This is a poorly constructed map of the three farms
(I made it in Excel)
My great, great, great grandparents, Conrad and Margaret, came from Germany to the New York port and lived in Watertown, NY for quite a few years.
Their son Peter and his wife Anne, my great, great grandparents, moved to Wisconsin for a couple of years and then, in 1855, Anne's brother informed her that a large piece of farm land was available for sale just up the road from where he lived. Peter and Anne came via Chicago and on up to Michigan by way of oxen cart. There was a tiny sod house near the road. They had to clear the land, and in 1857, they built a small house.
In 1857, Peter built the larger home. When his eldest son,( my great grandparents) Charles married Sophia Anna in 1892, they moved into the smaller house. Two sons were born to them. Roy-1893 and Ray 1895.
Peter and Anne died in 1899 and 1906, so Charles and Sophia, moved to the big house. When their eldest son Roy and his wife Helene married, they lived in the smaller house. Their only child Charles (my Daddy) was also born there.
My grandmother was the teacher at the small school on the corner of Beard and Vernon Roads. As was the custom in those days, she boarded with the nearest family. That's how she met my grandpa Roy. Ray remained a bachelor all his life--there was an whispered family story that he had also been in love with my grandma. :-)
When my Daddy died, my sister Susan inherited the farm. She and her husband Chuck now live there.
My Daddy, Charles John was born in the little house in 1916. In 1920, his parent's Roy and Helene, bought the farm just east of the ancestor's farm on Beard Road. They shared the big woods.
Can you see my grandma and
me standing there by the driveway?
My grandmother Helene, continued to run the farm until her death in 1966.
Jennifer was born in 1971.
In 1985, I gave the house to Pammie and moved to Saginaw for 12 years and then down here.
Pam and her husband did a bit more renovation with new siding and a deck on the west side of the house.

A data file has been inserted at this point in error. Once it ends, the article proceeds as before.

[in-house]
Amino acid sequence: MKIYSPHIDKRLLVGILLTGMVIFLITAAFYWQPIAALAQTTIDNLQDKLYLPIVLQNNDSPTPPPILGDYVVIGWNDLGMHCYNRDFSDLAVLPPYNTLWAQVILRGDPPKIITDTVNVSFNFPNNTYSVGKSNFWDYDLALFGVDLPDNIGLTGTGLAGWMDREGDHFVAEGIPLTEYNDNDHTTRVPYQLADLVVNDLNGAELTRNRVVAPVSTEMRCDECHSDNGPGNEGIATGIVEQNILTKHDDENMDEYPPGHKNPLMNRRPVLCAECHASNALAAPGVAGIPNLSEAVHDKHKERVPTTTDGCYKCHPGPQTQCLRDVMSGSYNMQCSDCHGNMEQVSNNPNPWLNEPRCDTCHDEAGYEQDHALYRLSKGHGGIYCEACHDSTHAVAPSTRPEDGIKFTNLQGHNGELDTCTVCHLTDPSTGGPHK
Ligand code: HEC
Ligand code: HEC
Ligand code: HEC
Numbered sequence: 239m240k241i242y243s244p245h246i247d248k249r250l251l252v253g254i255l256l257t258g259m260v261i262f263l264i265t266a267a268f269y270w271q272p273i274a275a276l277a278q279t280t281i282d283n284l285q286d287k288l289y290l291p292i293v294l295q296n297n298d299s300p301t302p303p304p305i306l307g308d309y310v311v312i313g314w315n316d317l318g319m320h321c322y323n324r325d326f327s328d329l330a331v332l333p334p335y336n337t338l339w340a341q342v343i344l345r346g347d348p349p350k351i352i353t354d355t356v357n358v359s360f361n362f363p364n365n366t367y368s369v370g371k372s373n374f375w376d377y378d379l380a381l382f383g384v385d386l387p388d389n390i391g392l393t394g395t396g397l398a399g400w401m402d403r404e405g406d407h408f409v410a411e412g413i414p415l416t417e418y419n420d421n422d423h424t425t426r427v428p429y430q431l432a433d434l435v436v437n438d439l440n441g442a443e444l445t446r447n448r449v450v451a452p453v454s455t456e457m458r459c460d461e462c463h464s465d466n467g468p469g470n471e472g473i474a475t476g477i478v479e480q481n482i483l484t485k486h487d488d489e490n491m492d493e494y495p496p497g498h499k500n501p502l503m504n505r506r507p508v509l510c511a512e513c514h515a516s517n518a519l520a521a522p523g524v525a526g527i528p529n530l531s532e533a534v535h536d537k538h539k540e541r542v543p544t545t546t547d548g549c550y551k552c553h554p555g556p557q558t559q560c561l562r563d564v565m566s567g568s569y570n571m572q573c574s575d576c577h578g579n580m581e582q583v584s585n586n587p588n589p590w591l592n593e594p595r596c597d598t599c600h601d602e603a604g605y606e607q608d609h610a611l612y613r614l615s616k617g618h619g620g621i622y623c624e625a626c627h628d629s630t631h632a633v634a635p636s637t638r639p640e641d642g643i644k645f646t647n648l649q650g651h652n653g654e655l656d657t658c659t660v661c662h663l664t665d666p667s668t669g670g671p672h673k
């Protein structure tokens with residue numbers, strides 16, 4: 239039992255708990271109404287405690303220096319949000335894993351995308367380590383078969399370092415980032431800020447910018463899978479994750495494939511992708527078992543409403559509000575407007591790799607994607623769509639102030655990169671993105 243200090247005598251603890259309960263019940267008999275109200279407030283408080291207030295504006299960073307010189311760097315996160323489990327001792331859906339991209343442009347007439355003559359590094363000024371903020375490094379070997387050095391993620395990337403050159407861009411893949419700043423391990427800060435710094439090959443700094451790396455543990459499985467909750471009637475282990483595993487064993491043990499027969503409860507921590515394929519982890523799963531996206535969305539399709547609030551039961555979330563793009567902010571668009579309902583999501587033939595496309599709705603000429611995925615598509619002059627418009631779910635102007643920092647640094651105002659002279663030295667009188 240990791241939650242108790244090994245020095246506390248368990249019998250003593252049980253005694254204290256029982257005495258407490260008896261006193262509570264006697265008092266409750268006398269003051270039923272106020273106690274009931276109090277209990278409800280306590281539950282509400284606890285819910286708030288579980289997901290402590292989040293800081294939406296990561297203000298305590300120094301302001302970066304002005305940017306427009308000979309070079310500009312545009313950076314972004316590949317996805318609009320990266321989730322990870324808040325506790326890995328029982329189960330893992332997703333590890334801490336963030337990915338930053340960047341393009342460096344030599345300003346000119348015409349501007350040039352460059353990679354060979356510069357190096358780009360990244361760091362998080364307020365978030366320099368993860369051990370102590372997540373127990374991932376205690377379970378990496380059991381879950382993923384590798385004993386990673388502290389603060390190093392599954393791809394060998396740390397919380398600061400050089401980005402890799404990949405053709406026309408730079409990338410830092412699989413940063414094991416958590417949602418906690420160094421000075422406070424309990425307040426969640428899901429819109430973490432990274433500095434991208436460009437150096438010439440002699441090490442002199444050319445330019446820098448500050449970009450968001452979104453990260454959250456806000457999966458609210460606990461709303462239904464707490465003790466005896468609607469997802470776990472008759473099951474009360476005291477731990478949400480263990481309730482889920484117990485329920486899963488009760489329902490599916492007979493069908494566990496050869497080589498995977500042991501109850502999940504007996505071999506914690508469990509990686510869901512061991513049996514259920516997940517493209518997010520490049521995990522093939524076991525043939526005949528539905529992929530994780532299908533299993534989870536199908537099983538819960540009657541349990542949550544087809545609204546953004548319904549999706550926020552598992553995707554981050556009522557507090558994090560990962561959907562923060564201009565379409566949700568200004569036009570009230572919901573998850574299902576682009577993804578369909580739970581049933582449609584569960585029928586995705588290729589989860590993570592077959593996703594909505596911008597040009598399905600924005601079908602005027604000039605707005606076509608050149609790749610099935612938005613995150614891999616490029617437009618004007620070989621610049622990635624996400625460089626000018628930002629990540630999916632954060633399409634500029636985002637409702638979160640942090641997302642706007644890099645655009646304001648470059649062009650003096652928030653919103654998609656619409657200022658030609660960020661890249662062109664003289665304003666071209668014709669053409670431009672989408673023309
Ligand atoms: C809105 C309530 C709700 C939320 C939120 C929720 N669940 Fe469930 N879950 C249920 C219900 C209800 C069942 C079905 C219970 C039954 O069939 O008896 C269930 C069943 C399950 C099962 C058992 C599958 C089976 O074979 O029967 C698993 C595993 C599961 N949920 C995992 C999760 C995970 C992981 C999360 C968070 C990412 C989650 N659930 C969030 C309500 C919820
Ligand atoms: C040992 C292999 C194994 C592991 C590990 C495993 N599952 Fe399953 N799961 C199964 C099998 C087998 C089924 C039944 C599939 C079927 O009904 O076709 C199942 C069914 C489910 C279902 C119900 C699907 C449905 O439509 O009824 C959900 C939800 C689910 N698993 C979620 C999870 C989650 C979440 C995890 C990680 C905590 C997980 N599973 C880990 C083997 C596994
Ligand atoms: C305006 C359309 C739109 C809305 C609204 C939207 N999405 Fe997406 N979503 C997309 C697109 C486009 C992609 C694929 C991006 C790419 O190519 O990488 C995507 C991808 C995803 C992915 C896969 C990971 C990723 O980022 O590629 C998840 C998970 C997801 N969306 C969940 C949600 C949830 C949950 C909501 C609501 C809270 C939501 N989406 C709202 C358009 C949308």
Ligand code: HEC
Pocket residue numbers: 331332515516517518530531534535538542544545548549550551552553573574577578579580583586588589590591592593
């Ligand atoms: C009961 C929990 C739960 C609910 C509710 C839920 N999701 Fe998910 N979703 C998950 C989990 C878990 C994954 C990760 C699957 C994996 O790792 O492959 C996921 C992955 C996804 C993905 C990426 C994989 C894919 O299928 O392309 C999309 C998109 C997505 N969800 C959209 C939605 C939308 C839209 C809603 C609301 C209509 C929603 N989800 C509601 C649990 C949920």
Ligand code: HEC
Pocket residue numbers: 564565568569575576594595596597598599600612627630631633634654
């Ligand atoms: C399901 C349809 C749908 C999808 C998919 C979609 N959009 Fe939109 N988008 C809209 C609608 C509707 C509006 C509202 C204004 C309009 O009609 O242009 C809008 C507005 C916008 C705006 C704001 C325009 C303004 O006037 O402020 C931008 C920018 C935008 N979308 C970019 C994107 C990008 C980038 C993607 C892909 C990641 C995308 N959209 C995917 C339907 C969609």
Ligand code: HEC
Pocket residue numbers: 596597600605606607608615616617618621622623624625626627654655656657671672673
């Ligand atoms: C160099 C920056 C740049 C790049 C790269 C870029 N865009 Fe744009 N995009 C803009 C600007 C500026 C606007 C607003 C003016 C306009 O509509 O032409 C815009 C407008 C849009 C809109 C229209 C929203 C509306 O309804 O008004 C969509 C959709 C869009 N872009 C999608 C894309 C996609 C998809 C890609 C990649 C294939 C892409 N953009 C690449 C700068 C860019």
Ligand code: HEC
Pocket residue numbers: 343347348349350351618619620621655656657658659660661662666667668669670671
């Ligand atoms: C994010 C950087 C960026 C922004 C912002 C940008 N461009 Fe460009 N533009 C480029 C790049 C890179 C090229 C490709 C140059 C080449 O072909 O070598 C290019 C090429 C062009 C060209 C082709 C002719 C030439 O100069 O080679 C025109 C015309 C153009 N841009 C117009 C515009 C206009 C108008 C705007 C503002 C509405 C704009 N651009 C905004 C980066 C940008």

When Daddy died, Pammie inherited the whole farm.
This is the heart stone that the mason put in
the foundation--left side of front door
in the above picture.
My parents Charles and Dorathy were married March 16, 1938. They purchased the farm on the north-west corner of Beard and Vernon Roads. I was born in their bedroom on June 21, 1939. This is the farm I lived my first 18 years.
Can you see my playpen under that tree?
The room I was born on, is that window on the right.
My placenta and umbilical cord is buried in between
the two pine tree.
My parents renovated the house in 1955.
Turning their bedroom into a large living/dining room with the fireplace.
The driveway I trudged down to get to the school bus.
After Daddy and step-mother moved down the road to the ancestral farm, Pammie and her husband lived on the farm, tending the cows and doing much of the farm work.
When I moved in 1985, they moved down the road to my house and my son Mark moved to this farm.
The house burned down in the early 1990's. Mark was living there at the time. My Daddy bought a double wide manufactured home and put it on a basement. When Daddy died, Mark inherited the farm.
Thus, the story of the Waltz, changed to Walts, family. 158 years on the same land.
Peter, Charles E., Roy, Charles J., Judith and Susan, Mark and Pam.
Now you know why my heart is still there on the land.
(along with my umbilical cord) HAH!
You can see on the map that my step-mom and her husband's farm were just north of my parent's farm--in fact they bordered each other. They settled there in 1942 and my Daddy taught her husband how to farm. He was a boy from Detroit and his mother bought the farm to keep him out of WWII.
He died December 1969, my mother in March 1970. (and I think you know the rest of that story)
Now to confuse you further, after my Daddy and step-mom married in 1971, she moved to this farm and rented her place to people who helped my Daddy on his farm. In 1974, Susan and her first husband moved into step-mom's house, before they were transferred to Grand Rapids. After Daddy and step-mom moved to the ancestral farm, Pammie and her husband lived on this farm.